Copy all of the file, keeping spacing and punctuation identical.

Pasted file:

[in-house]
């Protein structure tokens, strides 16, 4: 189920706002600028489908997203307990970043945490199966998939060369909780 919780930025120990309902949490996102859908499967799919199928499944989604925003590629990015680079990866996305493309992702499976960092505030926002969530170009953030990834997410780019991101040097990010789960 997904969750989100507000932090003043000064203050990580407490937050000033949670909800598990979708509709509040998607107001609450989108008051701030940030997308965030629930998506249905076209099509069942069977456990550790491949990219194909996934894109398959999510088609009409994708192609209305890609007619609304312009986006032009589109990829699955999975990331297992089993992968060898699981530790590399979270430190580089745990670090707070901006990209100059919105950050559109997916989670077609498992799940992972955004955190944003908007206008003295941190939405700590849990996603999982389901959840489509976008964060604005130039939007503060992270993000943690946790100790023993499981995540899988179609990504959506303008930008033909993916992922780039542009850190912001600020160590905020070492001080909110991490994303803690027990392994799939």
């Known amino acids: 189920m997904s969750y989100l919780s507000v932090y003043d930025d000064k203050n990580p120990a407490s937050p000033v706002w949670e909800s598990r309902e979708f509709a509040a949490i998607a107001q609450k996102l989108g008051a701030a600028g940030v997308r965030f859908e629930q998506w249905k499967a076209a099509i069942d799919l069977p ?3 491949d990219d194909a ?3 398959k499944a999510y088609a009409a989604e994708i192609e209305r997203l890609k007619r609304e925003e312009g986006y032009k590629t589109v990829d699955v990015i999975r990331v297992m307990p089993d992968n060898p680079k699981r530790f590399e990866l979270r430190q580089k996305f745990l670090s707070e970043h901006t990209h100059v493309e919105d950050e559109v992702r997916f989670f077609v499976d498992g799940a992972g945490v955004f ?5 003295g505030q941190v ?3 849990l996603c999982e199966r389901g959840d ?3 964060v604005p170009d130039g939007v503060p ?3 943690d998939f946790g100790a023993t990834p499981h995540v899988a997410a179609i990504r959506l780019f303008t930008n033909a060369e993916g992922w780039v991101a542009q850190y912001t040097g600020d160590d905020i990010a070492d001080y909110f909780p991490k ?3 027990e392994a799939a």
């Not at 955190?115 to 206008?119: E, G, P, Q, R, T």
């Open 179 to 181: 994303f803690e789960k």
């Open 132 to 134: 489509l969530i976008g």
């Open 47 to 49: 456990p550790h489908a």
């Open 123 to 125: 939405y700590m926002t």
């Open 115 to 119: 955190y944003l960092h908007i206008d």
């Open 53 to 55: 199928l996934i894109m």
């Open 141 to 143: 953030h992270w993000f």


[in-house]
């Protein structure tokens, strides 16, 4: 189920706002600028489908997203307990970043945490199966998939060369909780 919780930025120990309902949490996102859908499967799919199928499944989604925003590629990015680079990866996305493309992702499976960092505030926002969530170009953030990834997410780019991101040097990010789960 997904969750989100507000932090003043000064203050990580407490937050000033949670909800598990979708509709509040998607107001609450989108008051701030940030997308965030629930998506249905076209099509069942069977456990550790491949990219194909996934894109398959999510088609009409994708192609209305890609007619609304312009986006032009589109990829699955999975990331297992089993992968060898699981530790590399979270430190580089745990670090707070901006990209100059919105950050559109997916989670077609498992799940992972955004955190944003908007206008003295941190939405700590849990996603999982389901959840489509976008964060604005130039939007503060992270993000943690946790100790023993499981995540899988179609990504959506303008930008033909993916992922780039542009850190912001600020160590905020070492001080909110991490994303803690027990392994799939």
């Known amino acids: 189920m997904s969750y989100l919780s507000v932090y003043d930025d000064k203050n990580p120990a407490s937050p000033v706002w949670e909800s598990r309902e979708f509709a509040a949490i998607a107001q609450k996102l989108g008051a701030a600028g940030v997308r965030f859908e629930q998506w249905k499967a076209a099509i069942d799919l069977p ?3 491949d990219d194909a ?3 398959k499944a999510y088609a009409a989604e994708i192609e209305r997203l890609k007619r609304e925003e312009g986006y032009k590629t589109v990829d699955v990015i999975r990331v297992m307990p089993d992968n060898p680079k699981r530790f590399e990866l979270r430190q580089k996305f745990l670090s707070e970043h901006t990209h100059v493309e919105d950050e559109v992702r997916f989670f077609v499976d498992g799940a992972g945490v955004f ?5 003295g505030q941190v ?3 849990l996603c999982e199966r389901g959840d ?3 964060v604005p170009d130039g939007v503060p ?3 943690d998939f946790g100790a023993t990834p499981h995540v899988a997410a179609i990504r959506l780019f303008t930008n033909a060369e993916g992922w780039v991101a542009q850190y912001t040097g600020d160590d905020i990010a070492d001080y909110f909780p991490k ?3 027990e392994a799939a």
């Not at 955190?115 to 206008?119: E, G, P, Q, R, T």
């Open 179 to 181: 994303f803690e789960k």
């Open 132 to 134: 489509l969530i976008g």
């Open 47 to 49: 456990p550790h489908a």
């Open 123 to 125: 939405y700590m926002t």
């Open 115 to 119: 955190y944003l960092h908007i206008d």
């Open 53 to 55: 199928l996934i894109m």
């Open 141 to 143: 953030h992270w993000f």